ST. LOUIS (Ticker) - The Stanley Cup playoffs make for unexpected heroes.
Cory Stillman, not even on a playoff roster last season, scored 9:26 into the second overtime as the St. Blues pushed the two-time defending Western Conference champion Dallas Stars to the brink of elimination with a 3-2 victory.
Stillman took a drop pass from Scott Mellanby on the rush and ripped a one-timer past goaltender Ed Belfour's glove side, giving the Blues a commanding three games to none lead in the Western Conference semifinals series.
"I wanted to hit the middle of the net, that's for sure," Stillman said. "I was definitely yelling for the puck. Sometimes, you know when you want the puck and luckily, he (Mellanby) heard me. Hopefully, I can return the favor to him."
One game away from the conference finals, the Blues are where they expected to be a year ago. St. Louis won the Presidents' Trophy last season as the best team in the regular season but was upset by San Jose in seven games in the first round.
"I think we have some high expectations for ourselves as a team," Mellanby said. "We feel confident with ourselves that we are playing decent."
It was the 19th overtime in the playoffs this season but the first to go into a second extra session. Stillman ended an odd streak in which the road team had won the last 12 multiple-overtime affairs.
Last season, he played for the Calgary Flames, who failed to qualify for the playoffs. He was acquired by St. Louis at the trade deadline this season.
St. Louis goaltender Roman Turek needed to make only 25 saves and improved to 6-0-2 against his former club. Turek was the backup to Belfour when the Stars won the Stanley Cup in 1999.
"Roman was outstanding," St. Louis coach Joel Quenneville said. "He continues to be a big factor in the outcomes of our games. He really rose to the challenge for the playoffs this year."
Buoyed by the return of center Mike Modano, Dallas appeared rejuvenated after losing the first two games of the series at home and opened a 2-0 lead midway through the second period.
"We had the lead going into the third," Modano said. "We tried to play it smart and conservative and not take too many chances."
But the Stars sat on the lead and were outshot 22-5 at one point after Brett Hull's power-play goal gave them a two-goal cushion 7:53 into the second.
The Stars are usually effective holding on to leads but the conservative approach may have put them in an impossible situation. St. Louis will look for the sweep at home on Thursday.
Dallas has not been swept since 1984, when the franchise was still located in Minnesota and known as the North Stars.
"There were five or six times either team could have won it," Dallas coach Ken Hitchcock said. "I thought if we could have won today and broke them, it would have done wonders for our confidence. But now we have to get back on the bus and go down that road again."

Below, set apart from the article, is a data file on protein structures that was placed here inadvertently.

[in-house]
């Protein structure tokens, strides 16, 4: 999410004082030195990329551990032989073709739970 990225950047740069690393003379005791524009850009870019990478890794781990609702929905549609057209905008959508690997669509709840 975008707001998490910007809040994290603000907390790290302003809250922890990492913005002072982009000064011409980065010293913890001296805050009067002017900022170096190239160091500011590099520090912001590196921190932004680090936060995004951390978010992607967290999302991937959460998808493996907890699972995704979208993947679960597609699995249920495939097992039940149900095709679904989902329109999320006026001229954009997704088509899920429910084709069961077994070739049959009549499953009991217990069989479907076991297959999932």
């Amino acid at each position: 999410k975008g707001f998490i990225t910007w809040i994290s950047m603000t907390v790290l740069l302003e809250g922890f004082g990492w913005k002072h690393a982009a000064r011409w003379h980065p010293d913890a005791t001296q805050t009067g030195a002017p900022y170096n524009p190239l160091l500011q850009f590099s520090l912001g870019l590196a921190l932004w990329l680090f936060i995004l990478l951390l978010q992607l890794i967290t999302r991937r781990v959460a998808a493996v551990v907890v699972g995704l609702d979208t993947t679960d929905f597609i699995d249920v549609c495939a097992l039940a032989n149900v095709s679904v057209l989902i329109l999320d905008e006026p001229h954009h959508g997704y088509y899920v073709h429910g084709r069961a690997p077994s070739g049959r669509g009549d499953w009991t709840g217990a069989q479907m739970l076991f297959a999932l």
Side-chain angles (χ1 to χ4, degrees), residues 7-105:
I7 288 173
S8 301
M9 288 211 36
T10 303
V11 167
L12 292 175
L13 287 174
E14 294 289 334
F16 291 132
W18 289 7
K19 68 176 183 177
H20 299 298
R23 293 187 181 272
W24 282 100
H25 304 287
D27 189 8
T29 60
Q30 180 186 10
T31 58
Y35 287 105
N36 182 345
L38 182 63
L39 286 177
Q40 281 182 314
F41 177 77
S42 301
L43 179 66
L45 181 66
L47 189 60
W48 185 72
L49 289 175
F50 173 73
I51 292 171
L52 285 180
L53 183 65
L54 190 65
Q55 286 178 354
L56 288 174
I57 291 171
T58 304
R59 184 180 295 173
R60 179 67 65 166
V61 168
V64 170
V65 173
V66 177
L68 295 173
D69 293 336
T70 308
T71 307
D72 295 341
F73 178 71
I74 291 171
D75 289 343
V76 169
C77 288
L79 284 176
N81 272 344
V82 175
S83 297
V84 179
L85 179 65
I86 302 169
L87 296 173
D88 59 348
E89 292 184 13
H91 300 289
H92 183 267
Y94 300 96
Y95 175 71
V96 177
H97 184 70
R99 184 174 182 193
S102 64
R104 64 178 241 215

The 1942 Toronto Maple Leafs and 1975 New York Islanders are the only teams to rally from 3-0 deficits. The Carolina Hurricanes lost the first three games to the defending Stanley Cup champion New Jersey Devils in the first round before extending the series to six games.
"If we can pull this thing back to our rink, we can make a series of it," Hitchcock said. "All the games are close. You have to win the close games and right now, St. Louis is doing it."
After Jochen Hecht scored on a rebound to get the Blues on the board with 2:01 left in the second, Belfour repeatedly frustratd the Blues in the third.
But St. louis finally tied it with 2:15 left in regulation when Alex Khavanov took a feed in front from Jamal Mayers and beat Belfour with a one-timer to the glove side.
"Coming back from a 2-0 deficit against a great team, this might have been our best game of the year," Quenneville said.
"An OT win at home like this, it was crazy," St. Louis winger Keith Tkachuk added. "It's the best thing in the world to experience."
Nursing what the Stars called a mild left ankle sprain, Modano made his present felt early and set up Mike Keane's goal 5:29 into the first period. Modano shook off Pavol Demitra's check in the neutral zone and passed in the right faceoff circle to Keane, who ripped a slap shot inside the far post.
The Stars were 24-1-4 during the regular season when leading after the first period and appeared to be in control when Hull redirected Darryl Sydor's bad-angle shot in the second for his 90th career playoff goal.
It was the first power-play goal allowed by the Blues in 35 chances in the playoffs and ended the Stars' 0-for-24 drought with the man advantage.
Dallas killed a too many men on the ice penalty late in the first overtime after a bad line change and a hooking penalty to Brenden Morrew early in the second extra session.
But the Stars' age and injury problems may have finally caught up with them. The Blues appeared the stronger team as the overtimes wore on and had a 6-1 edge in shots in the second extra session.
"You get tired, but they get tired too," Mellanby said "You can't use that as an excuse. It's a mental battle, you try and stay dry, change shorts and change socks. We felt we were playing with some momentum. We felt we were just as fresh, if not fresher (than the Stars)."
Dallas center Shaun Van Allen broke his jaw in Sunday's 2-1 Game Two loss, cecond-line center Joe Nieuwendyk was hobbled by a lingering left knee injury and Morrow hurt his left arm just over a minute into the game. All but Van Allen were in the lineup on Tuesday.
Faced with constant pressure over the last 60 minutes of the nearly 90-minute affair, Belfour turned aside 45 shots.
St. Louis' Marty Reasoner thought he had scored the game-winner with 7:23 left in the first overtime and raised his stick, eliciting cheers from thee crowds. But Belfour fell on the puck as it straddled the goal line.